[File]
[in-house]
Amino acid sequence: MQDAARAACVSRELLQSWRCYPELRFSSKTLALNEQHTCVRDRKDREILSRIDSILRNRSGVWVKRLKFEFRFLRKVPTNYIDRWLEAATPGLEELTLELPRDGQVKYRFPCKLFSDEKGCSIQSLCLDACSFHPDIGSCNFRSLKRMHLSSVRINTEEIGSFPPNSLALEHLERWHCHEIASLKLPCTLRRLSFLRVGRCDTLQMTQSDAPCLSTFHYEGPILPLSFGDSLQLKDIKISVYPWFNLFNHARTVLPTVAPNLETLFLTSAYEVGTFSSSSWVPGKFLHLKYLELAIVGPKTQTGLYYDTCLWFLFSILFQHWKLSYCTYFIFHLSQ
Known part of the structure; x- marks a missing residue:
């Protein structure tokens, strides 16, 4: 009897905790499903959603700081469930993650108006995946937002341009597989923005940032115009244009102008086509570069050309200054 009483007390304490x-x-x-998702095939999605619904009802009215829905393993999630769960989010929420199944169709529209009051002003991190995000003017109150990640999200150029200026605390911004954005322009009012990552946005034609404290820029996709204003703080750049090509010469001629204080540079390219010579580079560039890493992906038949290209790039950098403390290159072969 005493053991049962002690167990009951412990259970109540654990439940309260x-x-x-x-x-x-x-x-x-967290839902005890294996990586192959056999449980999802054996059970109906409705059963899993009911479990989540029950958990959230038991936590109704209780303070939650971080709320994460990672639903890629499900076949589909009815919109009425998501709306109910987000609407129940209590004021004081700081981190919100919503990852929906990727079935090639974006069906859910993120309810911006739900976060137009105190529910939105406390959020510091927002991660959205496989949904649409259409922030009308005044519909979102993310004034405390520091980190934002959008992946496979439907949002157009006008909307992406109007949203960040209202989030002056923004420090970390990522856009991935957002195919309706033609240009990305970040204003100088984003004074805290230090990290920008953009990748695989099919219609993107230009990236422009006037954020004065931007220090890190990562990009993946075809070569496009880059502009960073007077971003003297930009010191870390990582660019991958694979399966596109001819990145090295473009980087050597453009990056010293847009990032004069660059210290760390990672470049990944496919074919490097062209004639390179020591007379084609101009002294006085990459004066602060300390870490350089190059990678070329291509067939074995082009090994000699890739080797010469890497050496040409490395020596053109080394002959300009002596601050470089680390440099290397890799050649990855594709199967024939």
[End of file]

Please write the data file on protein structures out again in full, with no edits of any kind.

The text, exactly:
[in-house]
Amino acid sequence: MQDAARAACVSRELLQSWRCYPELRFSSKTLALNEQHTCVRDRKDREILSRIDSILRNRSGVWVKRLKFEFRFLRKVPTNYIDRWLEAATPGLEELTLELPRDGQVKYRFPCKLFSDEKGCSIQSLCLDACSFHPDIGSCNFRSLKRMHLSSVRINTEEIGSFPPNSLALEHLERWHCHEIASLKLPCTLRRLSFLRVGRCDTLQMTQSDAPCLSTFHYEGPILPLSFGDSLQLKDIKISVYPWFNLFNHARTVLPTVAPNLETLFLTSAYEVGTFSSSSWVPGKFLHLKYLELAIVGPKTQTGLYYDTCLWFLFSILFQHWKLSYCTYFIFHLSQ
Known part of the structure; x- marks a missing residue:
């Protein structure tokens, strides 16, 4: 009897905790499903959603700081469930993650108006995946937002341009597989923005940032115009244009102008086509570069050309200054 009483007390304490x-x-x-998702095939999605619904009802009215829905393993999630769960989010929420199944169709529209009051002003991190995000003017109150990640999200150029200026605390911004954005322009009012990552946005034609404290820029996709204003703080750049090509010469001629204080540079390219010579580079560039890493992906038949290209790039950098403390290159072969 005493053991049962002690167990009951412990259970109540654990439940309260x-x-x-x-x-x-x-x-x-967290839902005890294996990586192959056999449980999802054996059970109906409705059963899993009911479990989540029950958990959230038991936590109704209780303070939650971080709320994460990672639903890629499900076949589909009815919109009425998501709306109910987000609407129940209590004021004081700081981190919100919503990852929906990727079935090639974006069906859910993120309810911006739900976060137009105190529910939105406390959020510091927002991660959205496989949904649409259409922030009308005044519909979102993310004034405390520091980190934002959008992946496979439907949002157009006008909307992406109007949203960040209202989030002056923004420090970390990522856009991935957002195919309706033609240009990305970040204003100088984003004074805290230090990290920008953009990748695989099919219609993107230009990236422009006037954020004065931007220090890190990562990009993946075809070569496009880059502009960073007077971003003297930009010191870390990582660019991958694979399966596109001819990145090295473009980087050597453009990056010293847009990032004069660059210290760390990672470049990944496919074919490097062209004639390179020591007379084609101009002294006085990459004066602060300390870490350089190059990678070329291509067939074995082009090994000699890739080797010469890497050496040409490395020596053109080394002959300009002596601050470089680390440099290397890799050649990855594709199967024939």